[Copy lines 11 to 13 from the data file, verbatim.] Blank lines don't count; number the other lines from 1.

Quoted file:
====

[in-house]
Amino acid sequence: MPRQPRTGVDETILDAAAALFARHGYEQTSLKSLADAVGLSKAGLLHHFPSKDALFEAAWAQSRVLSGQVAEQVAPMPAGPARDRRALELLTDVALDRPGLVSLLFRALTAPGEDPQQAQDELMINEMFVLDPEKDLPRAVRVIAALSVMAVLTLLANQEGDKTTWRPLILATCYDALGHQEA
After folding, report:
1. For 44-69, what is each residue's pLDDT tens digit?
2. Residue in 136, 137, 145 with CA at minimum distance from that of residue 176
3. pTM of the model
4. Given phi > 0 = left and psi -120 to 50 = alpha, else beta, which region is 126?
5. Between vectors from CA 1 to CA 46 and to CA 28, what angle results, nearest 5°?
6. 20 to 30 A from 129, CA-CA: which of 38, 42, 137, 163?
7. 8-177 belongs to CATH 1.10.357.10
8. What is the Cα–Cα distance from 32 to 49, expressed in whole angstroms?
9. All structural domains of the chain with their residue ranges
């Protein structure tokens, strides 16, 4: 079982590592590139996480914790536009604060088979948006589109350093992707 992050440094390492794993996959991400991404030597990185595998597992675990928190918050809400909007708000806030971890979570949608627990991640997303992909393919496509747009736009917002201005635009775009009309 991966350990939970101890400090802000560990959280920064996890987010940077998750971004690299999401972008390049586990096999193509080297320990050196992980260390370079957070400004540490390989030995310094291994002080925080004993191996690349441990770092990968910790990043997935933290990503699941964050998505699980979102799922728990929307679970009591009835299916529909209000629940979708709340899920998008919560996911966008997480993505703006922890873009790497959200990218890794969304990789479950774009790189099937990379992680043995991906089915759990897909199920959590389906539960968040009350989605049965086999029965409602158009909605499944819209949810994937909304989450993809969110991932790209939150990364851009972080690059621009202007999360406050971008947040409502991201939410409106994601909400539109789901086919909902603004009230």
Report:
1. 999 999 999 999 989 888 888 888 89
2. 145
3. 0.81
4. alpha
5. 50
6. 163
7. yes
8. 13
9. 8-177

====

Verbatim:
8. What is the Cα–Cα distance from 32 to 49, expressed in whole angstroms?
9. All structural domains of the chain with their residue ranges
């Protein structure tokens, strides 16, 4: 079982590592590139996480914790536009604060088979948006589109350093992707 992050440094390492794993996959991400991404030597990185595998597992675990928190918050809400909007708000806030971890979570949608627990991640997303992909393919496509747009736009917002201005635009775009009309 991966350990939970101890400090802000560990959280920064996890987010940077998750971004690299999401972008390049586990096999193509080297320990050196992980260390370079957070400004540490390989030995310094291994002080925080004993191996690349441990770092990968910790990043997935933290990503699941964050998505699980979102799922728990929307679970009591009835299916529909209000629940979708709340899920998008919560996911966008997480993505703006922890873009790497959200990218890794969304990789479950774009790189099937990379992680043995991906089915759990897909199920959590389906539960968040009350989605049965086999029965409602158009909605499944819209949810994937909304989450993809969110991932790209939150990364851009972080690059621009202007999360406050971008947040409502991201939410409106994601909400539109789901086919909902603004009230």